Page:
Secrecy surrounds hunger strike

On 19 January Australians woke to the news that up to 700 detainees on Manus Island had joined a hunger strike over the Federal Government’s decision to release 50 asylum seekers into the PNG community.

The Refugee Action Coalition (RAC) put out a detailed media release about the situation, alleging that drinking water was being withheld by Transfield, the organisation managing the detention centre.

“They (Transfield) are trying to provoke a confrontation,” RAC quoted an asylum seeker as saying. “We are demanding that the forced transfer of refugees to Lorengau (the major town on the island) on 22 January be stopped. We need safe resettlement, but PNG is not safe.”

Since then there has been an array of contradictory media releases and news reports.

The Minister for Immigration and Border Protection, Peter Dutton, put out two official media releases in that week, the first accusing ‘transferees’ of engaging in ‘aggressive behaviour’.

“I am aware of false and irresponsible claims being circulated by some advocates ,” Mr Dutton’s release said, “these claims undermine the ongoing work of staff to engage with transferees at the centre.”

The Age newspaper claimed the action had escalated after Mr Dutton stated on the previous Friday that the Manus Island detainees would “never arrive in Australia”.

In a follow up media release Mr Dutton commended the PNG government and Transfield for a “peaceful and measured approach to resolving ongoing unrest” at the detention centre.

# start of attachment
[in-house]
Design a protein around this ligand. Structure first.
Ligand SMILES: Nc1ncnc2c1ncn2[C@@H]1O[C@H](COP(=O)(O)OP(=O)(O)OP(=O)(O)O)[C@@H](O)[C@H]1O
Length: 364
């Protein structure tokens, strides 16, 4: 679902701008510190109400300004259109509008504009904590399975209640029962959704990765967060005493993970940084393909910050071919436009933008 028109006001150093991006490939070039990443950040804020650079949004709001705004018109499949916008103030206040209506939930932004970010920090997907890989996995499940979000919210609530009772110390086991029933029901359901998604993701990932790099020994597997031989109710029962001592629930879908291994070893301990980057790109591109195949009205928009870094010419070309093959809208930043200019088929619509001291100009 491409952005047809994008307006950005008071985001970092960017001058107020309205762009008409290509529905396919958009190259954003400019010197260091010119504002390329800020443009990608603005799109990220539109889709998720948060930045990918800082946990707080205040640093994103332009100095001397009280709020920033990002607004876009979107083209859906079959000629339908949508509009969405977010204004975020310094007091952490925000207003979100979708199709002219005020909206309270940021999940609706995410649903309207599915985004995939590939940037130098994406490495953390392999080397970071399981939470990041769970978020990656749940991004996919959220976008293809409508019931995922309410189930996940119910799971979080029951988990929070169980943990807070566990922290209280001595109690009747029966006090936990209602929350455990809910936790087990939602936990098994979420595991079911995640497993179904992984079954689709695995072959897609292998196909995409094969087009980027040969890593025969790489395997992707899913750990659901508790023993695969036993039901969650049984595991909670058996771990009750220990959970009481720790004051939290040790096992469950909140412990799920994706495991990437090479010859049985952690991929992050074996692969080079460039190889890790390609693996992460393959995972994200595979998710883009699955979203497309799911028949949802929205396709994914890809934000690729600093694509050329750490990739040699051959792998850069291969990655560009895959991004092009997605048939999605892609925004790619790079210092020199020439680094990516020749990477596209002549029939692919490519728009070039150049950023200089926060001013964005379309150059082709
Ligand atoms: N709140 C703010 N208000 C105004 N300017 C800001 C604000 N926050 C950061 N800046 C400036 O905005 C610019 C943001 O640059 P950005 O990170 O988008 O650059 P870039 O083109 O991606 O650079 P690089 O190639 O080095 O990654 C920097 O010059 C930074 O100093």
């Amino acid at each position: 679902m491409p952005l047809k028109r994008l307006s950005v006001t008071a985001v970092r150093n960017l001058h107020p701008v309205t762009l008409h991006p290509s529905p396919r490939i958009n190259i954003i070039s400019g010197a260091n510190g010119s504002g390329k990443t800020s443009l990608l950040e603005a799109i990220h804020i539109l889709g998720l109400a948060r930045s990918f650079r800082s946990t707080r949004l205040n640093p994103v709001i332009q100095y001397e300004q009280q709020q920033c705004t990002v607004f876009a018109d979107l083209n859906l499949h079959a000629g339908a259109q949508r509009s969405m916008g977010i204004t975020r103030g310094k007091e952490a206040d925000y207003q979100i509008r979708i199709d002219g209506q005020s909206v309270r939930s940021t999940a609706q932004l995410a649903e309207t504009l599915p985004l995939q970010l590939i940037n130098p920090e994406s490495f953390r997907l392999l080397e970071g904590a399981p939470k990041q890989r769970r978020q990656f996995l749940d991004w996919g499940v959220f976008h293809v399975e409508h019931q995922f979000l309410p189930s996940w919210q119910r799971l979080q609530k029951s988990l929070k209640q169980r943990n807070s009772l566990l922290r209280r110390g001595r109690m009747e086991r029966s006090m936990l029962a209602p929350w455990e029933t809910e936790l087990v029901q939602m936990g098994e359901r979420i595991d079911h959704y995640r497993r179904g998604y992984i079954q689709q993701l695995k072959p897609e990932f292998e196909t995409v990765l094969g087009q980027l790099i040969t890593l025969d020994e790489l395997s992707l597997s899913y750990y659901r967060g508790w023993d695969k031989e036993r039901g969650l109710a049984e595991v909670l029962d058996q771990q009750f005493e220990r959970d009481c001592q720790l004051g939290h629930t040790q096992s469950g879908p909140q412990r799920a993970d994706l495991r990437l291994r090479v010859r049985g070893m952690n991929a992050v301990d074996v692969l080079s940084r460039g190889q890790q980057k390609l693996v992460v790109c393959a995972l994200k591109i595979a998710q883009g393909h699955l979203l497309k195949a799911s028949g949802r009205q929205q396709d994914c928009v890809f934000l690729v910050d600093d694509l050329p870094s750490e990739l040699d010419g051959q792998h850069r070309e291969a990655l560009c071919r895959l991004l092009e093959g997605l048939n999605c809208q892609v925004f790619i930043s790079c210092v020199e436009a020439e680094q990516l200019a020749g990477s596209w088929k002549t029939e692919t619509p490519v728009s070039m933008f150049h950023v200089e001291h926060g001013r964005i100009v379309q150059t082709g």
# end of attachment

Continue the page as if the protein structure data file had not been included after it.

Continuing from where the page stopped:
“Yesterday’s (19 Jan) activity was the direct result of the irresponsible actions of some transferees which have undermined the security of the centre,” Mr Dutton said in the release.

“I would also like to note my extreme disappointment with some advocates who encouraged and fuelled this behaviour.”

That so-called ‘fuelling’ included the release of two very short videos of men desperately trying to access water from under the compound fence.

Since then two men, an Iranian engineer and a Pakistani human resources manager who have been found to be refugees by the Government, have moved to the new temporary accommodation in PNG’s first step to resettlement.

However, they will not be able to find jobs at Lorengau, having been told earlier in the year that those granted refugee status would have to find jobs elsewhere in PNG.

The ‘peaceful’ end to the unrest included arresting a number of detainees and holding them in the Lorengau jail.

A media statement on the RAC website issued on the day Crosslight went to press expressed concern for the welfare of up to 76 men being held at the jail.

“The Minister is refusing to comment on what is happening on Manus Island because the actions of the government cannot be defended,” Ian Rintoul, spokesperson for RAC, said.

 

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